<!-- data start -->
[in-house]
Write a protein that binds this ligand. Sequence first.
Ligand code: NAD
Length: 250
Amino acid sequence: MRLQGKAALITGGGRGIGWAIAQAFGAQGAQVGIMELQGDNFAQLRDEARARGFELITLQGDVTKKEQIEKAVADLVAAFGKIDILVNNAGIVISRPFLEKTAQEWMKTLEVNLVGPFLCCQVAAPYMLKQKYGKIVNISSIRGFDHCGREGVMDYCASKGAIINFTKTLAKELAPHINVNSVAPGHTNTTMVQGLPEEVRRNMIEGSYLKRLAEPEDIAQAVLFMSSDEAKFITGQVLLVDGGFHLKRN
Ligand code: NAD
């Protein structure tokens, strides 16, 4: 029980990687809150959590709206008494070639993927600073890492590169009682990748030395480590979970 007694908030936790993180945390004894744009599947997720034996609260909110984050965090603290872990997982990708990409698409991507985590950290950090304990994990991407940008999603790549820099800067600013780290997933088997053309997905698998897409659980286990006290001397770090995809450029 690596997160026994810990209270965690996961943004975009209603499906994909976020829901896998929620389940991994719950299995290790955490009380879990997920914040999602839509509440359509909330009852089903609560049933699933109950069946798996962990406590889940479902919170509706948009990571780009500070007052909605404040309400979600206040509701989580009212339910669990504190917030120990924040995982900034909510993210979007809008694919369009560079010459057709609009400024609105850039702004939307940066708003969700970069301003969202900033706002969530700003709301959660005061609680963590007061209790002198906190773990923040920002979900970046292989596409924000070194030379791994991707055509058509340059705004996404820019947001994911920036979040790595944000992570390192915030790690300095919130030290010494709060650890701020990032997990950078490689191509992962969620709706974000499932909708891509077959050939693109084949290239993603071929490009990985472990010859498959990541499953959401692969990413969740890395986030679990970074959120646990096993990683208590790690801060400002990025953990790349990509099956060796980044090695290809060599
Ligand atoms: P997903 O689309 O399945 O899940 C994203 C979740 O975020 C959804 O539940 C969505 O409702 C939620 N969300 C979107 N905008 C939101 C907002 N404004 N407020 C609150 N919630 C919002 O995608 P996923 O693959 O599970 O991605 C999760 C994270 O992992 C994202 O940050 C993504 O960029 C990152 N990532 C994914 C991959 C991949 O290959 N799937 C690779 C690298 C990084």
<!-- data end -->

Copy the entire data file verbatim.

[in-house]
Write a protein that binds this ligand. Sequence first.
Ligand code: NAD
Length: 250
Amino acid sequence: MRLQGKAALITGGGRGIGWAIAQAFGAQGAQVGIMELQGDNFAQLRDEARARGFELITLQGDVTKKEQIEKAVADLVAAFGKIDILVNNAGIVISRPFLEKTAQEWMKTLEVNLVGPFLCCQVAAPYMLKQKYGKIVNISSIRGFDHCGREGVMDYCASKGAIINFTKTLAKELAPHINVNSVAPGHTNTTMVQGLPEEVRRNMIEGSYLKRLAEPEDIAQAVLFMSSDEAKFITGQVLLVDGGFHLKRN
Ligand code: NAD
């Protein structure tokens, strides 16, 4: 029980990687809150959590709206008494070639993927600073890492590169009682990748030395480590979970 007694908030936790993180945390004894744009599947997720034996609260909110984050965090603290872990997982990708990409698409991507985590950290950090304990994990991407940008999603790549820099800067600013780290997933088997053309997905698998897409659980286990006290001397770090995809450029 690596997160026994810990209270965690996961943004975009209603499906994909976020829901896998929620389940991994719950299995290790955490009380879990997920914040999602839509509440359509909330009852089903609560049933699933109950069946798996962990406590889940479902919170509706948009990571780009500070007052909605404040309400979600206040509701989580009212339910669990504190917030120990924040995982900034909510993210979007809008694919369009560079010459057709609009400024609105850039702004939307940066708003969700970069301003969202900033706002969530700003709301959660005061609680963590007061209790002198906190773990923040920002979900970046292989596409924000070194030379791994991707055509058509340059705004996404820019947001994911920036979040790595944000992570390192915030790690300095919130030290010494709060650890701020990032997990950078490689191509992962969620709706974000499932909708891509077959050939693109084949290239993603071929490009990985472990010859498959990541499953959401692969990413969740890395986030679990970074959120646990096993990683208590790690801060400002990025953990790349990509099956060796980044090695290809060599
Ligand atoms: P997903 O689309 O399945 O899940 C994203 C979740 O975020 C959804 O539940 C969505 O409702 C939620 N969300 C979107 N905008 C939101 C907002 N404004 N407020 C609150 N919630 C919002 O995608 P996923 O693959 O599970 O991605 C999760 C994270 O992992 C994202 O940050 C993504 O960029 C990152 N990532 C994914 C991959 C991949 O290959 N799937 C690779 C690298 C990084």